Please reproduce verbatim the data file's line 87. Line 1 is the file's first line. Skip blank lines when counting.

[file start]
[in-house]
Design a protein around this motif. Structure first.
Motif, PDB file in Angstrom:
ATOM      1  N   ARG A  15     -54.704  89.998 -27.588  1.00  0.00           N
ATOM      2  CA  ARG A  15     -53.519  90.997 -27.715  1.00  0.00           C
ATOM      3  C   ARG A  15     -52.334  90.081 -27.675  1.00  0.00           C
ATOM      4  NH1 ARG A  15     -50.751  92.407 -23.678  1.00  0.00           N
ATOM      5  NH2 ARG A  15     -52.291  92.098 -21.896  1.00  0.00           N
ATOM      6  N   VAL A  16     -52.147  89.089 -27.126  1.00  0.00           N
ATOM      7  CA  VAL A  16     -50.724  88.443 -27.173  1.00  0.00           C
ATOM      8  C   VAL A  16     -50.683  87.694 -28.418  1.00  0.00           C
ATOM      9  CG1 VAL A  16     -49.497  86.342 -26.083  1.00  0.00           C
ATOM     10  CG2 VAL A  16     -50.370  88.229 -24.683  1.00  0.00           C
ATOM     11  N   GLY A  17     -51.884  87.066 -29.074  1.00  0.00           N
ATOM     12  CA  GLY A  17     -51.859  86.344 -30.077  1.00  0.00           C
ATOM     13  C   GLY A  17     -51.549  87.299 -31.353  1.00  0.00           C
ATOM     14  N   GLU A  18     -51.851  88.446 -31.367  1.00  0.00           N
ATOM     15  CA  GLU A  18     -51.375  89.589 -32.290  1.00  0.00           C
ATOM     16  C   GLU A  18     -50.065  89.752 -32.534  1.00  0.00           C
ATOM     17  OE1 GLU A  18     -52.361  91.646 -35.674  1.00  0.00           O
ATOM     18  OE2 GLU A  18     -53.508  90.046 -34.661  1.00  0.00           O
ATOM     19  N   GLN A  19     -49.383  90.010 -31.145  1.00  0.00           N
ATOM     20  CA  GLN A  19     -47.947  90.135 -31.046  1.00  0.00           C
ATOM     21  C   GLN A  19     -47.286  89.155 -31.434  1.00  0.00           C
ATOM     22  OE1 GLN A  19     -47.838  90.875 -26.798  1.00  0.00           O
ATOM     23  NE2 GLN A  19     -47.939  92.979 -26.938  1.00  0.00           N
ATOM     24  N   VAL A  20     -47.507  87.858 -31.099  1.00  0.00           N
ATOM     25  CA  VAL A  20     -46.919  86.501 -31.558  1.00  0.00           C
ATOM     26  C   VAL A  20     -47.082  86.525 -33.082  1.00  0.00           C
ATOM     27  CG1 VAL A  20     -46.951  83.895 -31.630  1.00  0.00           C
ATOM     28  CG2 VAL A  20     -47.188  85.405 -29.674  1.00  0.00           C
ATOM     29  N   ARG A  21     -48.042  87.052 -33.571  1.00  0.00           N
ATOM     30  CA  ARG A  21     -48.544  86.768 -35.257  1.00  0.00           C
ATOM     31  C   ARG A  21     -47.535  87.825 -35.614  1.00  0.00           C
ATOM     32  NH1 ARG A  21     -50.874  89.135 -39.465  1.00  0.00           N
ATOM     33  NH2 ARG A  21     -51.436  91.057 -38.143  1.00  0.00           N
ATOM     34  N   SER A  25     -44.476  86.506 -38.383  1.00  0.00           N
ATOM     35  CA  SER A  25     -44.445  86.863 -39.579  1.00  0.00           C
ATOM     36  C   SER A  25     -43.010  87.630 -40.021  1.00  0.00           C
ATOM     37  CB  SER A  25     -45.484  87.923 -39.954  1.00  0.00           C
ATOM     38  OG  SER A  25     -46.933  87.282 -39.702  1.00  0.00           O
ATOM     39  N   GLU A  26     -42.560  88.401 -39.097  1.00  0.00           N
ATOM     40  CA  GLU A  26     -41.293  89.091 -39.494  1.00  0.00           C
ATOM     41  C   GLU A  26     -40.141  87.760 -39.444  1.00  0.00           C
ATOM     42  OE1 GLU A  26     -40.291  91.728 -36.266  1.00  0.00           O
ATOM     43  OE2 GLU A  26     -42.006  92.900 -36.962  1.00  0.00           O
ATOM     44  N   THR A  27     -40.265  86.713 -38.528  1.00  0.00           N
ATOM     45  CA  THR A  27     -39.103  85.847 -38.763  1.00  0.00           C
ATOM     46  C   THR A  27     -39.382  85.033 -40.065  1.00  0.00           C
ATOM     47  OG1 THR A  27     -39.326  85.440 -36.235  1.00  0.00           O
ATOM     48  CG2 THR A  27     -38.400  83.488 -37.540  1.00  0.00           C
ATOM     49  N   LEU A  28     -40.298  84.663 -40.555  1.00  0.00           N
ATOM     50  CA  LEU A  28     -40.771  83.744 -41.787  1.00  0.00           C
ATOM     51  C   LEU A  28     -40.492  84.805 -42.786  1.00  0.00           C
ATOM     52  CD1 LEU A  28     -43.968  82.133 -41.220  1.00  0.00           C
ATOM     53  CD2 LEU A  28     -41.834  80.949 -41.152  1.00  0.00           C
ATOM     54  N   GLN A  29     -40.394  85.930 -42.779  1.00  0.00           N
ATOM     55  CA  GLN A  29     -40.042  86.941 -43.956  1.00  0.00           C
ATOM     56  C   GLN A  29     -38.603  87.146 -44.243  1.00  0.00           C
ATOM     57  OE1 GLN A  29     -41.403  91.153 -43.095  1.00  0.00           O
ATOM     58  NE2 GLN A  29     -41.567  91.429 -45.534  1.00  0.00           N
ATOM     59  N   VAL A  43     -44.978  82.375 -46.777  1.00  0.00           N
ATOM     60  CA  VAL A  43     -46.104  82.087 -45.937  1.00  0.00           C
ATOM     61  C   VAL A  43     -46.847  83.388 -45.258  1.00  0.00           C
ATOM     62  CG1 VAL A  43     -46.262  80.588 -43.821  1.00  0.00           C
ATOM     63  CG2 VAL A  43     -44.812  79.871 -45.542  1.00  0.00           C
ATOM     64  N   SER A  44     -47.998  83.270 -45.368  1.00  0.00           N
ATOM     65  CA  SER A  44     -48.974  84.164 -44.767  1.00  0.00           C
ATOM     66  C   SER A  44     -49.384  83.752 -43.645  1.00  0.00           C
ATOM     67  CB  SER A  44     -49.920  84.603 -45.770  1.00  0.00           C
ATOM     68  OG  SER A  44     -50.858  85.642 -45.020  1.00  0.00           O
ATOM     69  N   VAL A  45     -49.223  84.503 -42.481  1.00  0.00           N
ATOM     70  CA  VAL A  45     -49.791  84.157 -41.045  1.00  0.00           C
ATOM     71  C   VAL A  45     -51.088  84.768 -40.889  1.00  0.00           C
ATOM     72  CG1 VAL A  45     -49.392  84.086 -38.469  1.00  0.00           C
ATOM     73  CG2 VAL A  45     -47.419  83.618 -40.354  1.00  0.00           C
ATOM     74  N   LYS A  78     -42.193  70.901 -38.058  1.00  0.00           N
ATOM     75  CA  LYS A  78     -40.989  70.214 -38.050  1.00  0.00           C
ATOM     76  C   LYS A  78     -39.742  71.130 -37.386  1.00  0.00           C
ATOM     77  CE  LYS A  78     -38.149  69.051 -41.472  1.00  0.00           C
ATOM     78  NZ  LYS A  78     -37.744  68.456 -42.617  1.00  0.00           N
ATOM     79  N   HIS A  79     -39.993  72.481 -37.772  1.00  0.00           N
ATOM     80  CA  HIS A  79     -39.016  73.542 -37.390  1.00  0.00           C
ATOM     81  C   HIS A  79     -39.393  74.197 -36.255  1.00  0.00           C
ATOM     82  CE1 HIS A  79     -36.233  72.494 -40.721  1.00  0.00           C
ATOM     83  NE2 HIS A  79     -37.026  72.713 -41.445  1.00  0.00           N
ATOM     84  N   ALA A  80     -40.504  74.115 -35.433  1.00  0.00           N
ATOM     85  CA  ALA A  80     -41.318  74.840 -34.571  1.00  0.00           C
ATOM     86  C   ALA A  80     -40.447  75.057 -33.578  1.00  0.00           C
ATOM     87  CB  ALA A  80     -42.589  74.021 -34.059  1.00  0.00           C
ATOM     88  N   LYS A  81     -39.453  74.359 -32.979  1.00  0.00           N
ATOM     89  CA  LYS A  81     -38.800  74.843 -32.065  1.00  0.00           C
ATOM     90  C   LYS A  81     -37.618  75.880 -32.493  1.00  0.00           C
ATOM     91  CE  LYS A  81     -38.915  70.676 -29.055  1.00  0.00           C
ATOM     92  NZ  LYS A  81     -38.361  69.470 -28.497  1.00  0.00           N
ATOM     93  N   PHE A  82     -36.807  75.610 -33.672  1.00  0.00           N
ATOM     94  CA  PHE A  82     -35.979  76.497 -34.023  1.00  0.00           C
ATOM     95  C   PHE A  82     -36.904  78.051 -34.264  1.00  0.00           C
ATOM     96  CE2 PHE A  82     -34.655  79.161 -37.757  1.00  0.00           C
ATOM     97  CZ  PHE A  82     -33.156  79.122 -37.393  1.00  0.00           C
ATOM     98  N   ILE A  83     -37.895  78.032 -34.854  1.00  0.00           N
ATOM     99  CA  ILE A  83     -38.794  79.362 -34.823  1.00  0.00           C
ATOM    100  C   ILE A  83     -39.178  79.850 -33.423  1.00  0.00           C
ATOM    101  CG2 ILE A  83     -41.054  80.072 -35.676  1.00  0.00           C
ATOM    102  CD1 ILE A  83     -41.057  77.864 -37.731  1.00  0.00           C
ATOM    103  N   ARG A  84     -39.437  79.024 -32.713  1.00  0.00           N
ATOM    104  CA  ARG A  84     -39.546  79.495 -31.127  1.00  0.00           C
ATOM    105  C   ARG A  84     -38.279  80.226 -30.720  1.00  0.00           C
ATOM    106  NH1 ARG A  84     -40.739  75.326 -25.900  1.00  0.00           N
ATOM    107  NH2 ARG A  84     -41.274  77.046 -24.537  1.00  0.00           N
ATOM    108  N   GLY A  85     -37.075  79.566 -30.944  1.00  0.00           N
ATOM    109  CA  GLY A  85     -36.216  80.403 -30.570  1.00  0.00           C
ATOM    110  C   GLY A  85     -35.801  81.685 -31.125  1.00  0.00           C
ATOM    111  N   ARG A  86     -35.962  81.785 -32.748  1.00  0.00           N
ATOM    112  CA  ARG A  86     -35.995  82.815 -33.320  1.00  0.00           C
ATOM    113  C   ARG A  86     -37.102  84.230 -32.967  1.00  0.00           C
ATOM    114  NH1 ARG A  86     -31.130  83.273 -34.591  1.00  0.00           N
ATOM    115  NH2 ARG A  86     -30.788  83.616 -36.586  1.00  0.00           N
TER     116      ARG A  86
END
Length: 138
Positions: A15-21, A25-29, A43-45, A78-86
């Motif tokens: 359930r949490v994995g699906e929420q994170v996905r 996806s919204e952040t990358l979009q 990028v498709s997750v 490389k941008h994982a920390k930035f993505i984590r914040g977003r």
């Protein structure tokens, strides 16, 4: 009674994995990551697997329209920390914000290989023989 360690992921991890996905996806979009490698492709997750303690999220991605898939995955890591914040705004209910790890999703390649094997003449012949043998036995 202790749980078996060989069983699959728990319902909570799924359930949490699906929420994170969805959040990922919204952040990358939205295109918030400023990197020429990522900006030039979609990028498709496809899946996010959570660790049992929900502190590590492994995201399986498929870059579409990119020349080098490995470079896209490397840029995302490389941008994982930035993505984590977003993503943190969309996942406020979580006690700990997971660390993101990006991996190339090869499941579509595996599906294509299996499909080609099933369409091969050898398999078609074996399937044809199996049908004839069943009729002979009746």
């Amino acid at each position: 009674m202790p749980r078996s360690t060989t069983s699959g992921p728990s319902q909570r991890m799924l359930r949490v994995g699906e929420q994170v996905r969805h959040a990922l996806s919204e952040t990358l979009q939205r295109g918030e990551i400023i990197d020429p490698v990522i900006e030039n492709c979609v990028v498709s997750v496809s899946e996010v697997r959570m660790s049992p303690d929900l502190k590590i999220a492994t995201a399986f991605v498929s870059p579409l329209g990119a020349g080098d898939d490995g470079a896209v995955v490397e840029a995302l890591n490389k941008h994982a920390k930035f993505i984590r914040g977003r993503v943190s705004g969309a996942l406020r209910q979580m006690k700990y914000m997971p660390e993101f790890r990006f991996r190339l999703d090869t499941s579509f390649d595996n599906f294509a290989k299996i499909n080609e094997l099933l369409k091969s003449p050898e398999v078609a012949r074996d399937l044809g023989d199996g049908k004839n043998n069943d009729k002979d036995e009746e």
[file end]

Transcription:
ATOM     84  N   ALA A  80     -40.504  74.115 -35.433  1.00  0.00           N